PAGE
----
Donald Schön had a lifelong career in philosophy and was very familiar with the works of Dewey. It was his success in developing Dewey’s theory of reflection that illustrations his relevance today. Schön (1983) described reflective practice as the way in which practitioners consider and use what they already know to learn from their experiences; this is usually something they do through instinct rather than something they explicitly think about. Schön believed that by exploring this information, practitioners improve and develop the expertise in their practice.
Like Dewey, Schön believed that an event should be revisited and reflected on in order to change future practice. From this, Schön built upon Dewey’s theory and reached the conclusion that are two types of reflection; reflection in-action and reflection on-action. Reflection in-action is defined as reflecting whilst engaging in the activity and evaluating the situation as it is happening. The practitioner must be able to adapt and change direction in that moment; this relies on how the practitioner is feeling and adapting the situation according to that feeling (Schön, 1983). Reflection on-action is defined as thinking about what happened after the event, the practitioner should consider or discuss what has happened with another practitioner, evaluating and clarifying the meaning of what happened. They should use their previous experiences to aid their future practice, aiding in the development of their ability to reflect in-action during upcoming events (Schön, 1983). Many writers have challenged Schon’s theory of reflection on the grounds that reflection in action cannot be achieved as they found it to be impossible to reflect effectively at the time; it was found that it is important to reflect retrospectively (Moon, 1999; Ekebergh, 2006; van Manen, 1990).
Through his research with Chris Argyris, Schön (1974) concluded that critical reflection contains two levels of learning. The first level of learning covers the idea of reflecting on something that has not worked and trying something else, the way the objective is met is changed; the second level covers a more complex reflective technique where the reflector thinks in depth about what the motivations for the action are, the ultimate objective is changed (Appleyard and Appleyard 2015; Cartwright, 2002). After researching the first and second levels of learning, Schön (1978) named them single and double loop learning, respectively. Schön and Argyris (1974) state that in order for practitioners to develop the ability to make informed and successful decisions in changing and uncertain contexts, double loop learning is necessary. In agreement with Schön, Finger and Asún (2000) write that it is possible and sufficient to consider, adjust and reflect through only double loop learning; they believe that it is not entirely necessary to use a model and follow the stages.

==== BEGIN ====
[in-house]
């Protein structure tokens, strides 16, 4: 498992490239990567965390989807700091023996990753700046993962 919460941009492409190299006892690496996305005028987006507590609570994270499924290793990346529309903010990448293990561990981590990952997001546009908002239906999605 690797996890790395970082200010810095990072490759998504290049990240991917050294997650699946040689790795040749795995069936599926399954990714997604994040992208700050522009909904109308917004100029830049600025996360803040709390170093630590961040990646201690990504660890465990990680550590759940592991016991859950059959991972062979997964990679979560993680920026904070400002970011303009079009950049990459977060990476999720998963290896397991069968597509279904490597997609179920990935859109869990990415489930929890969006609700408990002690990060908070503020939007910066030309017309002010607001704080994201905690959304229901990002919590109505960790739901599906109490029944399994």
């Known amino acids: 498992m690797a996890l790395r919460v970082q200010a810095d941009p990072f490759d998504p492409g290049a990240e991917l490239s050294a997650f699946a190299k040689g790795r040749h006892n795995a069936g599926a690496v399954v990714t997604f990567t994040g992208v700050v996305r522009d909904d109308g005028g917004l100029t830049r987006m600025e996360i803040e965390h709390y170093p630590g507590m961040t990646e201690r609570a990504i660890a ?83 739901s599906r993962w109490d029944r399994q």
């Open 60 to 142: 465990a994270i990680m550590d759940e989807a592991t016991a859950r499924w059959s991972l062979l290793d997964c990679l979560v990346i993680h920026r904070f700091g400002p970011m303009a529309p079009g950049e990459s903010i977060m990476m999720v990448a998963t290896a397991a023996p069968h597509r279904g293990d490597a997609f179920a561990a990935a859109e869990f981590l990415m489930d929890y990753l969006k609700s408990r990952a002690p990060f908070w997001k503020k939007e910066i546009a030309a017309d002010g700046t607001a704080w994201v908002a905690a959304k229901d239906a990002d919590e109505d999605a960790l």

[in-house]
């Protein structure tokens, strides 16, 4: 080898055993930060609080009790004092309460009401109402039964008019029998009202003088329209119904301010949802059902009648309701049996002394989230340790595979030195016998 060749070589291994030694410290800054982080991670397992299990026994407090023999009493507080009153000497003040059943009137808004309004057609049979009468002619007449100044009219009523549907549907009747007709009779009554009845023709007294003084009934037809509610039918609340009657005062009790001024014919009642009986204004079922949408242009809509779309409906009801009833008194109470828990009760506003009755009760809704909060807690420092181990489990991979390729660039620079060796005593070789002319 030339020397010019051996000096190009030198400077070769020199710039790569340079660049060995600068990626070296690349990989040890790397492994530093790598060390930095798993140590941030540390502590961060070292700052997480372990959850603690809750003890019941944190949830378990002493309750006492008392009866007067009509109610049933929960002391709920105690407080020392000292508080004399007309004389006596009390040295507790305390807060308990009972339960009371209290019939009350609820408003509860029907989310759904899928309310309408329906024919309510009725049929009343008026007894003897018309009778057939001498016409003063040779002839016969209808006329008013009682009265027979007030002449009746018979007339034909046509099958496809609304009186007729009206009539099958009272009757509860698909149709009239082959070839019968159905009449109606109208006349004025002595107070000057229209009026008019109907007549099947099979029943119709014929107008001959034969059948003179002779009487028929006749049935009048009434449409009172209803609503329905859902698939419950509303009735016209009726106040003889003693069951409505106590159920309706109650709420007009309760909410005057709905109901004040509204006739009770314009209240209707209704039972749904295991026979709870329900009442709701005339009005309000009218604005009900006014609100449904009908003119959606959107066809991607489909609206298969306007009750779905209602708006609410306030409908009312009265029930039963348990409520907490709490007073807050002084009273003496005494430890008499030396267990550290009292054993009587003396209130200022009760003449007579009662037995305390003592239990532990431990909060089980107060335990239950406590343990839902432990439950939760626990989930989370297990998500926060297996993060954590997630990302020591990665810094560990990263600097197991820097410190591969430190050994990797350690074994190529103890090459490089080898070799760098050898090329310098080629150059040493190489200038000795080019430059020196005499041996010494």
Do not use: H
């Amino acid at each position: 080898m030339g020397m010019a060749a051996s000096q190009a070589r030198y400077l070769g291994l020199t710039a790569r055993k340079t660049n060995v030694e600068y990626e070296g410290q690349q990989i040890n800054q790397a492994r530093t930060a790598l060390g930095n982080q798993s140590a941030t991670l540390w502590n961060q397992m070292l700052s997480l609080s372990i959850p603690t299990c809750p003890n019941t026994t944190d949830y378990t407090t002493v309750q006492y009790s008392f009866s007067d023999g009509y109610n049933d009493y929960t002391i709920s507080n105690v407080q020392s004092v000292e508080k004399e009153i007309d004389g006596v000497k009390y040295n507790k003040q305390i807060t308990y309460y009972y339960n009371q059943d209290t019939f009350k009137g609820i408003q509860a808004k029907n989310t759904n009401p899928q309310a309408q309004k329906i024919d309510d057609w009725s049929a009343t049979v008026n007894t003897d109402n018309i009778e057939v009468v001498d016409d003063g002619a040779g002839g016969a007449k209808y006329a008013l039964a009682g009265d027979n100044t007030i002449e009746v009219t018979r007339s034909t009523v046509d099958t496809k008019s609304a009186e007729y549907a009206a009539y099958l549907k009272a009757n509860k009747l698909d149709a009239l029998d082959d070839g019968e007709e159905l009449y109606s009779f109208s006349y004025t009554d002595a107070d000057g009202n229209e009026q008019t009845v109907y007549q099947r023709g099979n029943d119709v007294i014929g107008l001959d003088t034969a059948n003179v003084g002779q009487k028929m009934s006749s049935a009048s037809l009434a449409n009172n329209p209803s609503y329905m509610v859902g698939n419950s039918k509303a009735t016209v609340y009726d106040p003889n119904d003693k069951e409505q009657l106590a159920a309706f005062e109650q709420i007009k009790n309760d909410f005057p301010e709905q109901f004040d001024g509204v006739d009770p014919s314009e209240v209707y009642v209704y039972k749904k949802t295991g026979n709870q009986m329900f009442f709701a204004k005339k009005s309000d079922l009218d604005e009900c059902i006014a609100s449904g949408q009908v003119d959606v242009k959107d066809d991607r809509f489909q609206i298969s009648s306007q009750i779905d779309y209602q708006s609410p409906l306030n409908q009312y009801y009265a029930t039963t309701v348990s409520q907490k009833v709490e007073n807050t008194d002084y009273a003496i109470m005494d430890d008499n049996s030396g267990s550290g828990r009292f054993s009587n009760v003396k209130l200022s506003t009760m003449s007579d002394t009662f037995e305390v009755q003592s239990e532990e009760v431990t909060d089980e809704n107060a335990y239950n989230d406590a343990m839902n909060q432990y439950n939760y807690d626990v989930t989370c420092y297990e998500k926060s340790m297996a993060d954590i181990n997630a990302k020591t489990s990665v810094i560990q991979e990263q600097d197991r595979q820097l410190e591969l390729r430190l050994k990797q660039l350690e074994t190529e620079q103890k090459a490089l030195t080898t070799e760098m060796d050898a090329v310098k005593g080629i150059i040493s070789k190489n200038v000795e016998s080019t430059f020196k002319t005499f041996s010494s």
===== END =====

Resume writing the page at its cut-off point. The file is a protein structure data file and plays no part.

Schön’s theory of reflection is similar to Dewey’s with regard to how they stress the importance of using prior experiences. However, Schön (1978) extended his ideas on reflection, and founded a method that allows the practitioner to think and reflect when they are in the moment. With practice of this method, the reflection process can be less time consuming and can strengthen the practitioners capability to use their initiative and ability to adapt when the situations require it, rather than only having an idea for future practice. Many authors have criticised Schön’s lack of leadership on how to be critically reflective, some of which are Boud and Walker (1998) who state that Schön does not explain the context of reflection. There has since been further research and discussion on this subject, building on the work of Dewey, Schön and other theorists, to aid practitioners on how to utilise the methods of reflection and models to reflect critically (Allin and Turnock 2007; Ghaye, 2006). Others have critiqued Schön’s work for not stressing the importance of reflecting before the learning experience takes place (Greenwood, 1993; Boud 1985). Boud theorised that reflecting before the experience allows the practitioner to prepare for what may happen.
Boud, Keogh and Walker (1985) suggest the lack of emotional regard in their reflection process’ is a flaw. The authors state that taking the emotions presented in the event into consideration is the only way for reflection to be an effective method of learning. They also reason that when reflecting on action, emotions can affect the way the event is recalled; the reflector may consider the event to have been more or less successful than what it was in reality, they may also reflect on one part of the event that particularly stands out to them. They conclude that disregarding the impact emotions have on the practitioner can cause the reflection to be biased or untrue. However, in consideration Dewey’s and Schön’s theories, Ewens (2014) recognises that some situations require the removal of emotions preventing the possibility of judgements being made irrationally.